Kidney injuries from exposure to too many drugs are common among certain groups of patients, particularly those spending time in the ICU. Kidney injuries can also happen during drug testing, wounding subjects while eliminating candidate drugs far along their development pipeline. Engineers at Draper have now developed a so-called kidney-on-a-chip, an organoid that mimics a real kidney’s function, to use as a platform to test chemical compounds for their nephrotoxity.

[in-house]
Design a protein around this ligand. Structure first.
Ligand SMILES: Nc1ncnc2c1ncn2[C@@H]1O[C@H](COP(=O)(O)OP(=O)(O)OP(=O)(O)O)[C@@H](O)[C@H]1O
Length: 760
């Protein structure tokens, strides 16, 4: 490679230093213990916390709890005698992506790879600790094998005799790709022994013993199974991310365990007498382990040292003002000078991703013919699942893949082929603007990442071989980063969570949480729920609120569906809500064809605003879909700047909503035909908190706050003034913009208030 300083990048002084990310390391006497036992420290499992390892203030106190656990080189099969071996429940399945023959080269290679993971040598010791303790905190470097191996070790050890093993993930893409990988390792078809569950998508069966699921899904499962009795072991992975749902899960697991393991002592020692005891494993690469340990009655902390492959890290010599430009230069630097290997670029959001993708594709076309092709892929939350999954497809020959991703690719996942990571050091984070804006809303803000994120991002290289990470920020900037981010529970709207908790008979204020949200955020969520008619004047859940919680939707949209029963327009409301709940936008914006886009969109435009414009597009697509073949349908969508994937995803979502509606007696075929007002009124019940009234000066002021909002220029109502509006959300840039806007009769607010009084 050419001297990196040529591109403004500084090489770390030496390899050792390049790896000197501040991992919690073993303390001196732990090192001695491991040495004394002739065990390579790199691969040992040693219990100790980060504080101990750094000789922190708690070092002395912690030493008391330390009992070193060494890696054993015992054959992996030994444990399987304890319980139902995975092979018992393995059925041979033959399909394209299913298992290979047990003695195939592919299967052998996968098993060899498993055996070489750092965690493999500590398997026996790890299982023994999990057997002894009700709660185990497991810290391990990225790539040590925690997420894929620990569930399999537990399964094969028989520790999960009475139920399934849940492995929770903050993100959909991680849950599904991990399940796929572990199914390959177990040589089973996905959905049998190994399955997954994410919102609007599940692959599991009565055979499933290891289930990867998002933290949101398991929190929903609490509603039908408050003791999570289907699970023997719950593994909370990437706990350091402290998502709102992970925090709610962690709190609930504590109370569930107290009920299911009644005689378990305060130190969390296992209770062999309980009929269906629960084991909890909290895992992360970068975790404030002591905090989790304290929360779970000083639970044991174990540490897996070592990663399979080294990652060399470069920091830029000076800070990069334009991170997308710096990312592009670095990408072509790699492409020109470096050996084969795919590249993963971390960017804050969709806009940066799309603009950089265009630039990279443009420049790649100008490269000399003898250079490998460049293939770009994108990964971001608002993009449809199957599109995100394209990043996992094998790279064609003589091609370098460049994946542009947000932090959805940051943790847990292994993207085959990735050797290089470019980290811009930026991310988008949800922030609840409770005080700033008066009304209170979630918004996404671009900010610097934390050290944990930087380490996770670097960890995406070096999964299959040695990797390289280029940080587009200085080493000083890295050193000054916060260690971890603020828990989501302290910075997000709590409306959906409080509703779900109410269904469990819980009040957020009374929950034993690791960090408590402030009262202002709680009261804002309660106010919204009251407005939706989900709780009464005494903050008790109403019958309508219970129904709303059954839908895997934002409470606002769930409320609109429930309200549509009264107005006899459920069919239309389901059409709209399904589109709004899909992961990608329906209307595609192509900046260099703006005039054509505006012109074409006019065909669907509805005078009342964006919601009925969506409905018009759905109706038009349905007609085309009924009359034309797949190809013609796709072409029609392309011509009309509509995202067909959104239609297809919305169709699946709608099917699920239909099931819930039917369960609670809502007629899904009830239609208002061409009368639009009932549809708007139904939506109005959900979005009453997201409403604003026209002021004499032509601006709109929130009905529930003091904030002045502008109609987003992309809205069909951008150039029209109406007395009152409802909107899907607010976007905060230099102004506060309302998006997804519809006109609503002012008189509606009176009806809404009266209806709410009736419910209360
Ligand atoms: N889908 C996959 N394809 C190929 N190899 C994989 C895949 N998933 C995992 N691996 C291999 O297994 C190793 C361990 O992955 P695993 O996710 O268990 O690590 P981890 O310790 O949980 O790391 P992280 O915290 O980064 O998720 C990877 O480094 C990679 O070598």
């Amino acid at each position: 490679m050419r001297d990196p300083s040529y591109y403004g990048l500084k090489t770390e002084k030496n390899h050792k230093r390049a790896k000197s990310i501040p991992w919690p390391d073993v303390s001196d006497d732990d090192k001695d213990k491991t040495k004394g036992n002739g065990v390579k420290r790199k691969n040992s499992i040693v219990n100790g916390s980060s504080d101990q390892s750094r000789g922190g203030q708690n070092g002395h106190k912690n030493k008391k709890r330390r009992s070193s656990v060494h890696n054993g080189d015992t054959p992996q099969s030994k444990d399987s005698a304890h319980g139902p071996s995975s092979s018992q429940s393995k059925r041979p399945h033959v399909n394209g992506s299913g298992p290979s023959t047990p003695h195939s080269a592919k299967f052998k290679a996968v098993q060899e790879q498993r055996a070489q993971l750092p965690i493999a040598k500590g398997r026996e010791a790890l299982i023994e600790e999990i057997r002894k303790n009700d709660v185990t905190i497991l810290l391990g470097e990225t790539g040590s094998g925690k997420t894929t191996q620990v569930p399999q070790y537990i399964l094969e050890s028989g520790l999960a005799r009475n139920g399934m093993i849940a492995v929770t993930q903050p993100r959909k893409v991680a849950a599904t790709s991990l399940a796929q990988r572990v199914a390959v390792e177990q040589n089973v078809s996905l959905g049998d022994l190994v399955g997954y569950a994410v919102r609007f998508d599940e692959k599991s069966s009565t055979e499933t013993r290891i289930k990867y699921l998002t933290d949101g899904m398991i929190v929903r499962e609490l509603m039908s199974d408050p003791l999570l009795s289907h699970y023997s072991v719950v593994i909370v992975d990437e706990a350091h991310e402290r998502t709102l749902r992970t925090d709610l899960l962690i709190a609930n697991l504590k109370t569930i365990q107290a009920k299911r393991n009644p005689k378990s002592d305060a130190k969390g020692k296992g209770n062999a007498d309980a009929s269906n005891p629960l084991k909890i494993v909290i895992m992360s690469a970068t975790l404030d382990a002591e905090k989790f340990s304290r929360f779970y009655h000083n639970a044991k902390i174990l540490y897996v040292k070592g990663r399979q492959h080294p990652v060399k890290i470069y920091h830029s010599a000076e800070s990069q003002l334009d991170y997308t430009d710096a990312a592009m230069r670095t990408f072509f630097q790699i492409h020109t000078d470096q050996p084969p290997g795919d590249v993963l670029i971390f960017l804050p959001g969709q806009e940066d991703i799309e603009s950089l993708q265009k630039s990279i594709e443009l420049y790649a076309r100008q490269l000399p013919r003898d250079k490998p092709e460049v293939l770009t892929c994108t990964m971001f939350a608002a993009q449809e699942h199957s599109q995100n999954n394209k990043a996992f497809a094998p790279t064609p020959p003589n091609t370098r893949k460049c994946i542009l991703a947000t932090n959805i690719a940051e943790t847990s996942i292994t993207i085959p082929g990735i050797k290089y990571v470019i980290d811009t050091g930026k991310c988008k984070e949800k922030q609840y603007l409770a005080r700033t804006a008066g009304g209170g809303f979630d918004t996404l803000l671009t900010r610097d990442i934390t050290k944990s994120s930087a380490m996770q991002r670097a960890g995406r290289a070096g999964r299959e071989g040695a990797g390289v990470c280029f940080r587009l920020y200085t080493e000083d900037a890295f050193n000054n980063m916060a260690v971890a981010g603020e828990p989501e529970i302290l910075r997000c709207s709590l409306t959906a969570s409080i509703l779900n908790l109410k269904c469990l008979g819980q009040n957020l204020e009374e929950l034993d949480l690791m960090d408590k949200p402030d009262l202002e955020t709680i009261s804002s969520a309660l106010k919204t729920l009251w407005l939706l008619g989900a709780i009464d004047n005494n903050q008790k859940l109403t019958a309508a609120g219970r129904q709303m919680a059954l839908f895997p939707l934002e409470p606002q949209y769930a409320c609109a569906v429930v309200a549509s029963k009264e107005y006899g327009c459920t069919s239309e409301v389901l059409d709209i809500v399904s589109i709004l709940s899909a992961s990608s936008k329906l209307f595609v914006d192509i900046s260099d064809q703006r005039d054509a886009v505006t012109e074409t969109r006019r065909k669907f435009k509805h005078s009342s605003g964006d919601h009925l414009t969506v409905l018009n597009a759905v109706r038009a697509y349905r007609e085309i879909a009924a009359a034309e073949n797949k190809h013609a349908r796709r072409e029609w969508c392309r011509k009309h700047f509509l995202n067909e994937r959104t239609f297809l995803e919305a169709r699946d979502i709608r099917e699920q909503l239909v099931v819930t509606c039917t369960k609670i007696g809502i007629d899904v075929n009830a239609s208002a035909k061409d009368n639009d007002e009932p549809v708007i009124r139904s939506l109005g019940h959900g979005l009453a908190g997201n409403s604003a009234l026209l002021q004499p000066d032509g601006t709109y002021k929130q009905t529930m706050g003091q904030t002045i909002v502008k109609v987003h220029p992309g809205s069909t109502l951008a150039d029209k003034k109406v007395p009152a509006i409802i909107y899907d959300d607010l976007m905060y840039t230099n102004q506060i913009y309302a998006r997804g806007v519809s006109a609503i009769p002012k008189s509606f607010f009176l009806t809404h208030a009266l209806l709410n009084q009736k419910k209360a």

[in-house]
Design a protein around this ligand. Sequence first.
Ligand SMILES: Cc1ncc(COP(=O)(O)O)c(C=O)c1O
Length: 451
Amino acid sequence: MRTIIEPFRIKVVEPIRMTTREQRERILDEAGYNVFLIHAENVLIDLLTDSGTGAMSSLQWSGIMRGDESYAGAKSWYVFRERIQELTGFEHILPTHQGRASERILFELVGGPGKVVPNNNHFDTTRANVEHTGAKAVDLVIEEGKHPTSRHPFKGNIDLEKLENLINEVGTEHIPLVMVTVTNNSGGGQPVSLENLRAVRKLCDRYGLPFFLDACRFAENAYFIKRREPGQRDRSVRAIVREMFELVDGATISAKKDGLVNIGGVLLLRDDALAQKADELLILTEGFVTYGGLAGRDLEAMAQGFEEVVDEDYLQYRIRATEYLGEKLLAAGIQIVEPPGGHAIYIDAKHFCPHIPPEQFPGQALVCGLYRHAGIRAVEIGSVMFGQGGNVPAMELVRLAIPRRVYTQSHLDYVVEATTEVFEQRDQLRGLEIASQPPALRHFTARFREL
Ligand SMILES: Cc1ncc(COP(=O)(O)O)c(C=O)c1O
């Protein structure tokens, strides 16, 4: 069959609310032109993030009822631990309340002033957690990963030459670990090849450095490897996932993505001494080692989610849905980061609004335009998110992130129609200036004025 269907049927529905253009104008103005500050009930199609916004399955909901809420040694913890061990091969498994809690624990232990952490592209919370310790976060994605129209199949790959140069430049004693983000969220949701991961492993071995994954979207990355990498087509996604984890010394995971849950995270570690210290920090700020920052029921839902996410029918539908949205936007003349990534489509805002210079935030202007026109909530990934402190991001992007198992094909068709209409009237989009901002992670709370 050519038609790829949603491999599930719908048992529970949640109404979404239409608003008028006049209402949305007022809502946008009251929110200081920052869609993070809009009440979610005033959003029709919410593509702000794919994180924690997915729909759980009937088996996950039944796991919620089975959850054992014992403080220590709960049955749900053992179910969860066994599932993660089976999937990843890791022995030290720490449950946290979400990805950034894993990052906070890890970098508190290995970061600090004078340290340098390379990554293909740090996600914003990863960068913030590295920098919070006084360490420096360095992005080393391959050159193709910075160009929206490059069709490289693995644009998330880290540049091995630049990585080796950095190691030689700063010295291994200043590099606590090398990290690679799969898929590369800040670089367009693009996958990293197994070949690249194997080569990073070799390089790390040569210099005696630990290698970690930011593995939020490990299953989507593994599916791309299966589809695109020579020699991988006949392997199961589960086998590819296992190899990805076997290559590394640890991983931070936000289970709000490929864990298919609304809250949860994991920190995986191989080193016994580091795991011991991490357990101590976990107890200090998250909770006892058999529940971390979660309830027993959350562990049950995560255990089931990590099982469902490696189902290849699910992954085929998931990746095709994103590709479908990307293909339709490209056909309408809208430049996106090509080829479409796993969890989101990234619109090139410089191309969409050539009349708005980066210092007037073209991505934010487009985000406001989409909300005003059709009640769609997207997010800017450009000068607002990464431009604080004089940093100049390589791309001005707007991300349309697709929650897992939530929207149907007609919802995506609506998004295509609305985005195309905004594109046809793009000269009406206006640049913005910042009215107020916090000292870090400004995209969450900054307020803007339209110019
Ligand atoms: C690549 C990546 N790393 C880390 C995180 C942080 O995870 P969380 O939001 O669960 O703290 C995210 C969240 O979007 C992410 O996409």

Human kidneys have a lot of complexity within their structural components, nephrons. These undergo rapid pressure changes due to blood and other fluids coming through to be filtered. They also respond to chemical signals in the extracellular matrix. The Draper device uses human kidney cells to mimic these qualities of nephrons. A device called PREDICT-96 holds 96 of these kidneys-on-a-chip in a single cartridge, allowing for large sample sizes when testing new chemical compounds on these organoids.
The researchers believe their technology will help speed up drug research, avoid unnecessary animal testing, and reduce cost by eliminating drug candidates whose toxicity would be discovered only later in the drug development process.